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Mariel Special Development Zone: a window to the world?

In September of 2013, the Cuban State published Decree-law No. 313 “On the Mariel Special Development Zone” in the country’s Official Gazette,1 along with its accompanying regulations, Council of Ministers Decree-law No. 316, and the complementary legal provisions.

The law defines the objectives of the Mariel Special Development Zone (ZEDM, for its name in Spanish), and the principal ones are: the transfer of advanced technology and know-how, and abilities referring to business management; access to external resources through foreign investment; job creation; development of infrastructure for contributing to economic progress; creation of a logistical system that would facilitate high levels of efficiency in import, export and distribution process; stimulating the formation of national and foreign businesses; and, logically, its articulation with the rest of the economy, among others.

The facilities provided for both Concessionaires2 and Users3 are the existence of that group of laws itself and the port, road and rail infrastructure that is being built with help from a Brazilian loan, and which should make it possible by January 2014 for the new terminal to be ready to receive the first container ship with Postpanamax dimensions (ships that exceed the maximum dimensions permitted for transit through the Panama Canal).

On Nov. 1, the office that will oversee everything concerning this zone opened. As can be inferred from various presentations on the zone, concrete interests from major countries are being evaluated, especially from emerging economies.

At the same time, it is attractive to know that the status of Concessionaire can be granted to foreign persons or entities with foreign residence and capital, and to national persons; and User status may be granted to persons or entities with foreign residence and capital, as well as national entities and national persons resident in Cuba.

From the standpoint of taxes, the advantages of this zone are truly attractive compared to the rest of the country, and especially when compared with taxes on foreign investment as stipulated by Law 77 (see table).

The ZEDM can enable Cuba to come closer to a favorable juncture for renewing its development strategy and reconfiguring its international diplomacy. A well-known Cuban economist and intellectual who is currently an official with UNESCO said:

Cuba seems to be approaching a rare sort of opportunity, of the kind that take more than a century to appear. It is what could be called the Postpanamax era, that is, the eventual transformation that major sections of international trade and the organization of world production would experience with the coming into effect of the new Panama Canal, projected for 2015, with effects that are predicted will be particularly intense in the geographic area close to Cuba.4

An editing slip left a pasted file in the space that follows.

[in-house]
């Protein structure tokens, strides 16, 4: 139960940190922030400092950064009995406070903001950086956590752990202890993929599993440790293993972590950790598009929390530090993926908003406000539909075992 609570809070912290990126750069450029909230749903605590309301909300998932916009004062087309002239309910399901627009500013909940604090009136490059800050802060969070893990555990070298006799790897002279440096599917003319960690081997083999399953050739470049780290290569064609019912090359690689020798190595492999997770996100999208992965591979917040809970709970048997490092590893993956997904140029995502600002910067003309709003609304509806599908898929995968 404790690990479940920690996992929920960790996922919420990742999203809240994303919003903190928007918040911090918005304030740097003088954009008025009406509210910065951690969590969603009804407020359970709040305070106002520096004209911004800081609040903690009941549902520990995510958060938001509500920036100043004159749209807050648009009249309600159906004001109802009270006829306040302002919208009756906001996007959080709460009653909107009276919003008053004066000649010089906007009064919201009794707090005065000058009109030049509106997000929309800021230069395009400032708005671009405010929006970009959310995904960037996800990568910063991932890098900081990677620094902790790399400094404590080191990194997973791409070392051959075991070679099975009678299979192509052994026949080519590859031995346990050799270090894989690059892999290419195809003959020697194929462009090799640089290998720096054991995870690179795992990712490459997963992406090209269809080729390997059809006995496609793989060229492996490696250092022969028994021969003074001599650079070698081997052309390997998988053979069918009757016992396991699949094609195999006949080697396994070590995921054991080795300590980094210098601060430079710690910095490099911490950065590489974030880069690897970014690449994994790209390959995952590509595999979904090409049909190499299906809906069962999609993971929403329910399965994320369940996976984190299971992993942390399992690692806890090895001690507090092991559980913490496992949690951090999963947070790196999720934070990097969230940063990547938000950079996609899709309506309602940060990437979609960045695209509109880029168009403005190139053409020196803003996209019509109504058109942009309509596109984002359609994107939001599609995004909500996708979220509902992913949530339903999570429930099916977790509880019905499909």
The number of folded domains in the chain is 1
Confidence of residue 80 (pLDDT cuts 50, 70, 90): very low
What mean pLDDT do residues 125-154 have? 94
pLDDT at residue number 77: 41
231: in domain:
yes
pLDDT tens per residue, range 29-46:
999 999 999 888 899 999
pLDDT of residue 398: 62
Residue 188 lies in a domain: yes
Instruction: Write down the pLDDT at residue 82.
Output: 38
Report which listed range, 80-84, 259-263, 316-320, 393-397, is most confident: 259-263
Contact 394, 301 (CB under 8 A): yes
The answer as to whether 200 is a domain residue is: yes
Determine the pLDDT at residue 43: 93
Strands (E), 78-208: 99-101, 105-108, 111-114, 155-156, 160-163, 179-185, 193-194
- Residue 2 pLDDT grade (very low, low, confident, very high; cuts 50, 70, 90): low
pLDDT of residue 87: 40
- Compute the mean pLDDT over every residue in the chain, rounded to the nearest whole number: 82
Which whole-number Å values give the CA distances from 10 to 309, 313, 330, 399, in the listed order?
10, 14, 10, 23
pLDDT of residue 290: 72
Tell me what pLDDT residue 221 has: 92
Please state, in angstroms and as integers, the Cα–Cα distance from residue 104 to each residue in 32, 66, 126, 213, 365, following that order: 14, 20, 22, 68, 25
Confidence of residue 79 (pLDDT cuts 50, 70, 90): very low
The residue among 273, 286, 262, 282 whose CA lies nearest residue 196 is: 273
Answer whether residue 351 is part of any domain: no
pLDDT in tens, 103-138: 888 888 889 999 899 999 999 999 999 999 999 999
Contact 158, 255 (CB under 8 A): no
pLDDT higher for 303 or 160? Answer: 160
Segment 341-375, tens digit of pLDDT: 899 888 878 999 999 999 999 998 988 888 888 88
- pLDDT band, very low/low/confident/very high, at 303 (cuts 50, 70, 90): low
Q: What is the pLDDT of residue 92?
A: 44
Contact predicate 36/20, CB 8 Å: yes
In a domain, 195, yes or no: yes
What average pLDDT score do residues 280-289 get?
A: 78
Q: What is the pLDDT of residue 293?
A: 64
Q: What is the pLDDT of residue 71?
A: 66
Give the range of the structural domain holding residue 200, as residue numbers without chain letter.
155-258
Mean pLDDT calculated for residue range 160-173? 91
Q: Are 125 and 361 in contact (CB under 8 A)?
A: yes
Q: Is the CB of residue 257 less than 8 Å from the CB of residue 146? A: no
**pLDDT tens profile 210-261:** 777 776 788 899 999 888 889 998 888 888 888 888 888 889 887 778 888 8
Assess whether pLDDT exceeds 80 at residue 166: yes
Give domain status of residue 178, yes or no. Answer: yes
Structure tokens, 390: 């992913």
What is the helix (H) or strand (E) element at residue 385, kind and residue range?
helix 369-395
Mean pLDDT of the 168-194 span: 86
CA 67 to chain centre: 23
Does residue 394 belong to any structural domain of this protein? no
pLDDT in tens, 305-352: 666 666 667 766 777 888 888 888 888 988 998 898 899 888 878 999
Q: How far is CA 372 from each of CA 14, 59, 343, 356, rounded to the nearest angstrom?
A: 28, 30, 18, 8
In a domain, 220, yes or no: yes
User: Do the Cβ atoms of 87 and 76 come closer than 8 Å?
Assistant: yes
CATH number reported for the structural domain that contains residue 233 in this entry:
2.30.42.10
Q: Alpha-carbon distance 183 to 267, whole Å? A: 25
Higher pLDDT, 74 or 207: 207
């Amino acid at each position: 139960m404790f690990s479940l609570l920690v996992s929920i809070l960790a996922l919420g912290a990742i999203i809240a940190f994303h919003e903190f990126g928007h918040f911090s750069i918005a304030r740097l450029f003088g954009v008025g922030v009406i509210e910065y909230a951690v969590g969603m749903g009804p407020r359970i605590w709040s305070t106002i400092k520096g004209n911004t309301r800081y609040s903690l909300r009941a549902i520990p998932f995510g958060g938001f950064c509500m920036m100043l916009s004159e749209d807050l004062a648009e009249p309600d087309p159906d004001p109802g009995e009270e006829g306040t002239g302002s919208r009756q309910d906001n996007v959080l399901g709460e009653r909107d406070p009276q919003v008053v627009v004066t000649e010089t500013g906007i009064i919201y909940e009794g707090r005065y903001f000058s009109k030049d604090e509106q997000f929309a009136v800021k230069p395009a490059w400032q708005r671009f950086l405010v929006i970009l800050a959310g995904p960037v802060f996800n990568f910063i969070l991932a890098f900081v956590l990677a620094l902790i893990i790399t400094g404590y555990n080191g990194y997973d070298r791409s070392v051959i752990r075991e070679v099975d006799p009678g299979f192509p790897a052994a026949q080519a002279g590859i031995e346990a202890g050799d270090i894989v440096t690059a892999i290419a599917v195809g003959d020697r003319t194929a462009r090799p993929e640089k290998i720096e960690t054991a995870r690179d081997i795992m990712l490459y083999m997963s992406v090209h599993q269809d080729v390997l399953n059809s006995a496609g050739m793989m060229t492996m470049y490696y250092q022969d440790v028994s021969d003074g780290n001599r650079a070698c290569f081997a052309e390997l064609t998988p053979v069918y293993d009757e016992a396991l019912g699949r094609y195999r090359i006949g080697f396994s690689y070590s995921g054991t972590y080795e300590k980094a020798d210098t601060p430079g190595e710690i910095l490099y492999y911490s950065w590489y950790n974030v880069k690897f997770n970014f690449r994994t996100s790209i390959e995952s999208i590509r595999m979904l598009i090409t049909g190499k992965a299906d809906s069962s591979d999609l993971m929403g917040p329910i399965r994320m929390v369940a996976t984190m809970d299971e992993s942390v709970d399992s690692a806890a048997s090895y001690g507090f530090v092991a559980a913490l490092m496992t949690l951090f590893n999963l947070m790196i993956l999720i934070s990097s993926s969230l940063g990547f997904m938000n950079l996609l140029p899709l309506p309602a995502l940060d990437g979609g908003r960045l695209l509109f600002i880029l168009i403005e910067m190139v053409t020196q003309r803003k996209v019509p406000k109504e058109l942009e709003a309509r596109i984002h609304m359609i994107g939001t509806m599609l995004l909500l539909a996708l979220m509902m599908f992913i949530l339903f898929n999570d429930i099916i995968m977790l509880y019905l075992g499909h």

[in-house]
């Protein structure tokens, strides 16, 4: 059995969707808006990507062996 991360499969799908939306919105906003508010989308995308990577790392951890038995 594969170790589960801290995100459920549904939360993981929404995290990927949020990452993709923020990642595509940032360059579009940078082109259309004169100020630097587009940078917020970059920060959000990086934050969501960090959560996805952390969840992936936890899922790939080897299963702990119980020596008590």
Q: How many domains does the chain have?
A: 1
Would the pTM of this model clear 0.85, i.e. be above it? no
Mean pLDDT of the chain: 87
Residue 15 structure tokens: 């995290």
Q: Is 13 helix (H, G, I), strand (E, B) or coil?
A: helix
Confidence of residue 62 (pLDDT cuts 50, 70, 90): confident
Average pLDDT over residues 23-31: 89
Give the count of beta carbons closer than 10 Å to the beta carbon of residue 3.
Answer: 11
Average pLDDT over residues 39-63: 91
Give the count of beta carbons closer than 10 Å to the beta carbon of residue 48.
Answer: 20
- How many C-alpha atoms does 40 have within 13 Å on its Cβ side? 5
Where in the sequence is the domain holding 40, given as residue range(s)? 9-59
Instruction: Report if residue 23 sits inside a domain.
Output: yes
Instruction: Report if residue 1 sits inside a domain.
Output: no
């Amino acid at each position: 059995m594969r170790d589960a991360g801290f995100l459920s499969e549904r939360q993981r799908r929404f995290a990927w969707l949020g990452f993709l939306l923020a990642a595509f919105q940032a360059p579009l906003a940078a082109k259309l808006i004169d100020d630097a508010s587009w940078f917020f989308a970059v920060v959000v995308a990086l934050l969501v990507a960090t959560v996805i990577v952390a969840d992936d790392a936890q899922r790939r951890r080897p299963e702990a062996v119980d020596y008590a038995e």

In this sense, the development of the container terminal at the port of Mariel involves what is probably now one of Cuba’s largest investment projects, and without question, it is framed in a broader context of international reconfiguration. However, clearly it will just be the tip of the iceberg. What is at stake has a far greater reach, because Cuba’s eventual participation in this process would mean being part of a central dynamic of accumulation of contemporary capital, and this is a very important detail that should be taken into account when thinking about Cuba’s future. That is, for the first time in a long time, the country might participate in a central process of world production.


And to continue, I would like to paraphrase my colleague Pedro Monreal:

…the new Mariel port zone would not be limited to being, as is usually affirmed, a modern container port over which a special development zone is raised. Things could go much further, because Mariel could be a factor in reducing the cost of global products such as the Iphone; a stable supply of components used by Toyota assembly plants in Alabama, Mississippi, and West Virginia; and the establishment of new distribution centers on the U.S. East Coast, or the efficient operation of a so-called “circum-equatorial conveyer belt” that would eventually move cargo containers around the world…

In a serious analysis of geographical placement and territory size, the Mariel zone—with its deep-water port and the dredging work underway, the mega-port that is being built, and the expansive 465 square-kilometer zone that is 22 km long on its widest side—is more than suitable to eventually be the largest port in the Caribbean, not just in physical size but also in volume of operations. An outstanding role in its dynamic should be played its port container operator, which is one of the largest companies in the world: Singapore’s PSA, which runs container terminals in Panama, Argentina, and 26 other ports in the world.

The Mariel zone should benefit potential production links in Cuba, given that, despite the Cuban economy’s structural and functional problems—whose solution (still in the making) is being worked on based on the principal guide of reform in the “Guidelines”—vaster and more profound economic and social changes are indispensable. And the speed of those changes should accelerate, so that the Cuban population and the world can more clearly appreciate their economic results, and at the same time, that this special development zone is integrated with the rest of Cuba’s business fabric, state-owned or not.


1 In an extraordinary edition (No. 26), 23 set. 2013.

2 The title via which a given person is temporarily granted management over a public service, the execution of a public work, or the exploitation of an asset in the public domain.

3 Authorized to conduct productive, commercial, or service activities approved for the ZEDM.

Photo: Mariel in the future.